Never own the van
While some will see it as a positive, you may consider never owning the van as a negative. You can’t make any of the money you’ve spent back, and you can’t use it as a deposit on a new vehicle later down the line.
When you lease a van, you need to think about the condition it’s in when you come to return it.
The lender will expect the van to be returned in a similar condition to when you took it, minus any fair wear and tear as defined by the BVRLA.
That means if you want to add signage to the van for a business or add a towbar, you’ll need permission and maybe return it back to its original condition before handing it back or you could face extra charges.
Advantages of buying
Like leasing, if you choose to buy a van, it comes with its own advantages.
Of course, the main benefit of buying is you own the van outright. That means you can do what you want with it, including making modifications or selling it on when you’ve had enough.
You decide when you want to change vehicle
Unlike a lease which is a set contract – from which there are significant charges if you want to end it early – when you own a van, you have complete control as to if and when you want to change it.
As there are no mileage restrictions – as there are with a lease – you won’t face any excess changes if you choose to drive 10,000 or 100,000 miles a year.
The van is yours, and you can drive it where and when you like.
Like leasing, if you’re a business owner, there are tax benefits to enjoy.
When you buy a van, you can claim capital allowances against the outright purchase of a vehicle. This reduces your income tax, helping you save.
Disadvantages of buying
As we mentioned earlier, most financial decisions come with some disadvantages. And buying a van is no different.
The biggest disadvantage of owning a van is the fact it’ll most likely lose value while you do.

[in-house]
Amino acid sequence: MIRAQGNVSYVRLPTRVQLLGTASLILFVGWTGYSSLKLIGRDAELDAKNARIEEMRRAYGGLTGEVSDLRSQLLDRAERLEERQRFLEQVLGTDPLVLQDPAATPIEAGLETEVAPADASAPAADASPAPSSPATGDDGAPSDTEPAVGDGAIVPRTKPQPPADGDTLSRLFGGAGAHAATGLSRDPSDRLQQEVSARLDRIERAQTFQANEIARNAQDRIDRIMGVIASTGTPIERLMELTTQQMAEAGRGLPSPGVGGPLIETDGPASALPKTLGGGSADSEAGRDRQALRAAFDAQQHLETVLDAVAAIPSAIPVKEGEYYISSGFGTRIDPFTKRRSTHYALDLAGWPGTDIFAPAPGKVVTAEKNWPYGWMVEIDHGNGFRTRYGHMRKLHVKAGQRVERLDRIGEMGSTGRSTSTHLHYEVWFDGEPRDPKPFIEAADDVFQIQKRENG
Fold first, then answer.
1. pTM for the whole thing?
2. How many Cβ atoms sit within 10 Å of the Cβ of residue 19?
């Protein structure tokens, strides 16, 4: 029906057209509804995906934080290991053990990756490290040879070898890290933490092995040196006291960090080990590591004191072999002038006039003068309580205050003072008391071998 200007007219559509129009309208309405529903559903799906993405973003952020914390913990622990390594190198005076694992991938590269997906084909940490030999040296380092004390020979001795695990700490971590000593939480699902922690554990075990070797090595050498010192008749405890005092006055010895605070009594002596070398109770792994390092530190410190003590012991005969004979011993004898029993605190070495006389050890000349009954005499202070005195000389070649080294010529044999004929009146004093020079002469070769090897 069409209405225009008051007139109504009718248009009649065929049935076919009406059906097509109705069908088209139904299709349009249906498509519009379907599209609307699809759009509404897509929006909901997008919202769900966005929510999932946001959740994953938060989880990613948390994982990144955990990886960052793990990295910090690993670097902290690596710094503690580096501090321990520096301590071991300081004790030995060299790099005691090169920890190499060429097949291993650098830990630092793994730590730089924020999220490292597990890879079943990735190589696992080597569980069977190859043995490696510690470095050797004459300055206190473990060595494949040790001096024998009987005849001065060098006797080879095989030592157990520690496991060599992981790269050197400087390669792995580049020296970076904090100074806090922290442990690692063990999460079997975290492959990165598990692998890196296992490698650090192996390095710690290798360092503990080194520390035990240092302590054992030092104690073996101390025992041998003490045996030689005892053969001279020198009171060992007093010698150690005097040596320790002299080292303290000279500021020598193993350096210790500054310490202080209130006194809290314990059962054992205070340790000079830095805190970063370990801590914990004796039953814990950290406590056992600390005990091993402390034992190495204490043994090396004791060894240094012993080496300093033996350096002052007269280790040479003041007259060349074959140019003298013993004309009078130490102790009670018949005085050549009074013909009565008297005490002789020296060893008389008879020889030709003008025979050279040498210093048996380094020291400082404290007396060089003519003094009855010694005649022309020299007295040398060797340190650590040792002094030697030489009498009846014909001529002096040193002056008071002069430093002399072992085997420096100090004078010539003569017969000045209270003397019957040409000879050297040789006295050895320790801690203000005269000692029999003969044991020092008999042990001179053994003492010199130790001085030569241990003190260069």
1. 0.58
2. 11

Except in extremely rare circumstances, all vehicles lose some of their value during ownership.
So, not only are you paying for the entire vehicle when you buy it, but you also won’t make a lot of that back when you come to sell it.
As you own the van, you’re completely responsible for everything, including servicing and maintenance.
And if you want to keep your manufacturer’s warranty intact, you have to keep the vehicle serviced regularly.
Lack of flexibility
With a lease, you’re essentially guaranteed a new vehicle every few years – providing you meet the lender’s criteria when you make your next application.
However, when you own a van, you need to keep it for at least a few years to get any sense of value.
That means you’re tied to a depreciating asset, and if you want or need to change it you may find you can’t afford to or you end up losing out on a lot of cash.
And finally, a very substantial disadvantage of buying a van is you have to have the capital available to own it outright.
Should I buy or lease a van?
So, should you buy or lease a van? Well, the final decision always comes down to what suits your circumstances best.
If you’d rather have low monthly repayments and you’re not bothered about owning the van outright, then leasing is your best option.
Meanwhile, if ownership is important to you and you can afford larger repayment, a Hire Purchase might be your best option.
If you’re still unsure, our expert team are on hand to help you find the right van and funding option for you.
Just get in touch with us over the phone, online or via email.